Gate Buttress Recreation Infrastructure and Restoration Project

The Central Wasatch Commission is partnering with the Salt Lake Climbers Alliance (SLCA) to help fund the Gate Buttress Recreation Infrastructure and Restoration Project

 

The mission of the Salt Lake Climbers Alliance is to serve as the unified voice of all climbers in the greater Wasatch region, engaging as an advocate to protect outdoor climbing access and as a steward to maintain sustainable climbing resources in the Wasatch and surrounding regions.

 

This project builds off of a partnership with th CWC

and SLCA that began in 2018 when the CWC granted SLCA $50,000 to support recreation infrastructure efforts atthe multi-year effort to form the Alpenbock Loop Network in lower Little Cottonwood Canyon. The Alpenbock Loop Network is the largest climbing trail access project inthe nation and is a model for climbing area stewardship that is now being applied up canyon at the Gate Buttress. The one-mile loop is a great hiking and climbing access resource not to be missed. 

 

The multi-year Gate Buttress Recreation Infrastructure Project is seeking to address more than 60 years of human-caused impacts on a 140-acre plot of land in lower Little Cottonwood Canyon. This plot of land is privately owned by the Church of Jesus Christ of Latter-day Saints and in 2017, the SLCA signed a recreational lease with the Church and became the organization tasked with stewarding the Gate Buttress plot. This lease between SLCA and the Church authorized public access to this plot of land for recreation, which is mostly used for rock climbing.

Map of the Gate Buttress project location in lower Little Cottonwood Canyon.

The plot of land at Gate Buttress is in the Uinta-Wasatch-Cache National Forest, which sees more annual visitors than all five of Utah’s National Parks. As outdoor recreation, like climbing, continues to grow, overcrowding is negatively affecting outdoor landscapes to the point that they cannot naturally recover. Some examples of this degradation include soil erosion, soil compaction, and degradation of vegetation. These impacts lead to excess runoff that contribute to dirty waterways. This degradation affects environmental and more specifically watershed health. Poorly maintained trails with lack of signage are another issue, which can hinder search and rescue operations and confuse recreationists. In a nutshell, areas, where we recreate, are getting loved to death and need infrastructure with well-built trails and trailhead facilities to protect these beautiful and fragile landscapes.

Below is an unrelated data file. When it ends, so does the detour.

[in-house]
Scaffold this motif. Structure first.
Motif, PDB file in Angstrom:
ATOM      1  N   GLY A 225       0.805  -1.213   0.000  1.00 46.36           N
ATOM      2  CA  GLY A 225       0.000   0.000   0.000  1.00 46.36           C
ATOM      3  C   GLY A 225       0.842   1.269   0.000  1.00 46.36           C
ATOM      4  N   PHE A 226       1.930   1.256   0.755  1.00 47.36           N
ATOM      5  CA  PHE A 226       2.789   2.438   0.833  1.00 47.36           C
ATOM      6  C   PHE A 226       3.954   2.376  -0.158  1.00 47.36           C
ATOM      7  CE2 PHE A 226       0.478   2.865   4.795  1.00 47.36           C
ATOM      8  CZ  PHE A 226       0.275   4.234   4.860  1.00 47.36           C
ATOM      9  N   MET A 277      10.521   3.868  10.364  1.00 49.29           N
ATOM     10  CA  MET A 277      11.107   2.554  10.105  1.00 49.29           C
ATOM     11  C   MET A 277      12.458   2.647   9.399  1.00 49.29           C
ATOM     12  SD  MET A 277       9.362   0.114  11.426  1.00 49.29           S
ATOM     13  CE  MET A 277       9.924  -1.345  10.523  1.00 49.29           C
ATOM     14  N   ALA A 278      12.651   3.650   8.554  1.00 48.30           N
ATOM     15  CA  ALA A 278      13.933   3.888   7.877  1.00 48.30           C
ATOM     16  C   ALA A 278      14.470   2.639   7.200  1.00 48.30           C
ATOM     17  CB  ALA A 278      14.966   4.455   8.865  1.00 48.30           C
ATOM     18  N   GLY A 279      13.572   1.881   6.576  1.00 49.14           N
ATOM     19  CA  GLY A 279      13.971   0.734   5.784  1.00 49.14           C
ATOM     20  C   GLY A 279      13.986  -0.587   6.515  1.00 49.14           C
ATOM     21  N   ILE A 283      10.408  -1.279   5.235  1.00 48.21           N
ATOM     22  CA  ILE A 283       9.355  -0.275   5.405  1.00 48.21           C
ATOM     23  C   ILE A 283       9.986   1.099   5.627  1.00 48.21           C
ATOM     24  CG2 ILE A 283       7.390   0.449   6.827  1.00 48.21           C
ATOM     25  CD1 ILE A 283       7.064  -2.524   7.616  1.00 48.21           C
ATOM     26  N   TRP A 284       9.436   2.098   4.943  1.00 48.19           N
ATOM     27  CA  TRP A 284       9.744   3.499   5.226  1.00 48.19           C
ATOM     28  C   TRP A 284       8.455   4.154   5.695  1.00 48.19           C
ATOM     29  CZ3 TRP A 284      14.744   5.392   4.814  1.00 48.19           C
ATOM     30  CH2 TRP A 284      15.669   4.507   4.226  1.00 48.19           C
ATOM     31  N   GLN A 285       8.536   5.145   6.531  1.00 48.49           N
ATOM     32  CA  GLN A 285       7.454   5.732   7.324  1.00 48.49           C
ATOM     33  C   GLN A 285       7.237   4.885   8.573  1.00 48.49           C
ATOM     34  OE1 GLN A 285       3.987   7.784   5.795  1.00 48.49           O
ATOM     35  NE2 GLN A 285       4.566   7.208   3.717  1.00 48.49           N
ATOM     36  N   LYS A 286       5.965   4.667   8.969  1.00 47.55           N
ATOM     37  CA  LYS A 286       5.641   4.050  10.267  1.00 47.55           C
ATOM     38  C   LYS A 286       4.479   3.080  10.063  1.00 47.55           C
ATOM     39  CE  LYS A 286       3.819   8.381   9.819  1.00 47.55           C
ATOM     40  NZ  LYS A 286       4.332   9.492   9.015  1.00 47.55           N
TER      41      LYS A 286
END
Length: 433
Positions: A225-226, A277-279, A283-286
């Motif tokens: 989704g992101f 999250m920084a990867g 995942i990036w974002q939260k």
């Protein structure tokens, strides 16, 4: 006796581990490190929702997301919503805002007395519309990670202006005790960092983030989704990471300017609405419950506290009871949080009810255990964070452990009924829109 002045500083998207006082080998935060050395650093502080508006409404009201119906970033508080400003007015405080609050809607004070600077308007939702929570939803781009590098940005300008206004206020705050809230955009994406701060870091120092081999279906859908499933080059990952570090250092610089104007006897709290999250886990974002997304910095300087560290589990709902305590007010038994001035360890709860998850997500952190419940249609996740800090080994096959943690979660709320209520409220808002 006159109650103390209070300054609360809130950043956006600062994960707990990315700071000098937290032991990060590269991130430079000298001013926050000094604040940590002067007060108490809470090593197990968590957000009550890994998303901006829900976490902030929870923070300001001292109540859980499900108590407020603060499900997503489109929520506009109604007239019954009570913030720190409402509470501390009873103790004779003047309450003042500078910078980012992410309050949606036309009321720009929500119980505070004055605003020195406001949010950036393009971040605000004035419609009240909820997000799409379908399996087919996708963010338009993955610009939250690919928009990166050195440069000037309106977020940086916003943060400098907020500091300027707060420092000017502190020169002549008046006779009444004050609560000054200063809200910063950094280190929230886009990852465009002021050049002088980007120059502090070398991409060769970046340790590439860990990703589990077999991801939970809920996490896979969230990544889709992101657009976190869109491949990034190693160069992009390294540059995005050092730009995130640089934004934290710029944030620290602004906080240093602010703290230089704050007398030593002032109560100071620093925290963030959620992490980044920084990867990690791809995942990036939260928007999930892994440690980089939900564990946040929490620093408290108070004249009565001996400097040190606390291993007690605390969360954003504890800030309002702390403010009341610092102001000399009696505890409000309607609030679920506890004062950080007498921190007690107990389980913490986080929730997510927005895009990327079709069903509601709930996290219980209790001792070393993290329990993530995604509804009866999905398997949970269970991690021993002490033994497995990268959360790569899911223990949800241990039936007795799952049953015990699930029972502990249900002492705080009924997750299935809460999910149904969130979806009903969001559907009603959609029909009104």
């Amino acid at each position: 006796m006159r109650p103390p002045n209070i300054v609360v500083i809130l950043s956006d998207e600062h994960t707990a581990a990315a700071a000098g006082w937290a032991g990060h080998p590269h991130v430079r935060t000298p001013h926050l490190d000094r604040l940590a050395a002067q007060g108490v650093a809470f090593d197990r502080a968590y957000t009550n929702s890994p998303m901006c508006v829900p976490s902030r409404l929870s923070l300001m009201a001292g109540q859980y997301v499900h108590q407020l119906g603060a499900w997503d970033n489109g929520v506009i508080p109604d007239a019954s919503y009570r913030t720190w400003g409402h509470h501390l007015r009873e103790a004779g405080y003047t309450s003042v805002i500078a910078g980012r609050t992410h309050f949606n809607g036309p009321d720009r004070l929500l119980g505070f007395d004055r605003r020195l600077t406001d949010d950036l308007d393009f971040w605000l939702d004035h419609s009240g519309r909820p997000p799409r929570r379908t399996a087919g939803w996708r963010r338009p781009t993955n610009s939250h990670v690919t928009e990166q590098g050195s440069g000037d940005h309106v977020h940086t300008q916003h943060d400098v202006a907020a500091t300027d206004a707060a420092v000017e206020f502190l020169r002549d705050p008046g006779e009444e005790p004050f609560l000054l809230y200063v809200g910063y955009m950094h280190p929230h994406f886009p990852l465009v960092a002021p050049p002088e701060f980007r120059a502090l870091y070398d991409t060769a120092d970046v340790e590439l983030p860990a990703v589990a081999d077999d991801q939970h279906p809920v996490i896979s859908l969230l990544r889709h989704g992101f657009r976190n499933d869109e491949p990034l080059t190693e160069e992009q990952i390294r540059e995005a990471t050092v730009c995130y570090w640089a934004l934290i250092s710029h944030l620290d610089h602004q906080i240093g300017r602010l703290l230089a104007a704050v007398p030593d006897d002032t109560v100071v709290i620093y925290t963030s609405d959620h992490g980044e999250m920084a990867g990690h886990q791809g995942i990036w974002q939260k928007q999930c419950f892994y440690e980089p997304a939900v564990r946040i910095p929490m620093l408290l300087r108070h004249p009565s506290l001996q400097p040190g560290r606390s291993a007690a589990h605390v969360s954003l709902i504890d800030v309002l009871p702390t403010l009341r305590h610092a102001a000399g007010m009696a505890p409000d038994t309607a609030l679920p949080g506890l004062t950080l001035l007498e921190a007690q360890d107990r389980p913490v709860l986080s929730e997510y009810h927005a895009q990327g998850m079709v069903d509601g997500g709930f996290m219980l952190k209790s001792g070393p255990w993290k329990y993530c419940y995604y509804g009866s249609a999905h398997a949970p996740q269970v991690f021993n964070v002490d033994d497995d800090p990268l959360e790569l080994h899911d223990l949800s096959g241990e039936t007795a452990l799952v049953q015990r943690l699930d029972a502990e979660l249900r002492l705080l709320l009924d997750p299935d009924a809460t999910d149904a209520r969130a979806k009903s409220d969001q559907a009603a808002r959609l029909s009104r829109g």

Recreation Infrastructure at climbing areas can be thought of as a climbing system. Everything that a visitor will use when visiting the forest needs tobe addressed to limit human impacts to the landscape. This includes the mode of transit and parking, to restrooms, to the trails, and fixed anchors on the rock faces. The SLCA aims to steward the entire system with professional trail and anchor replacement crews supported by volunteers from the community. 

 

“The Salt Lake Climbers Alliance works closely with multiple land managers to advocate for sustainable and well-managed access to climbing areas in the Wasatch. We support a forest-wide approach to management, which is why we supported Mountain Accord and now the CWC and the National Recreation & Conservation Area Act. We recently provided comments to the UDOT LCC EIS that highlight the breadth of world-class climbing that exists in LCC as the future of transit will impact all aspects of LCC. The Central Wasatch is seeing more visitors than ever due to the pandemic and population growth. With this visitation comes huge impacts to the landscapes where we play. Public-private partnerships pitching in to ensure human impacts don’t destroy the places where we recreate are paramount. It takes all of us working together with this common goal in sight.” Julia Geisler, Executive Director, SLCA.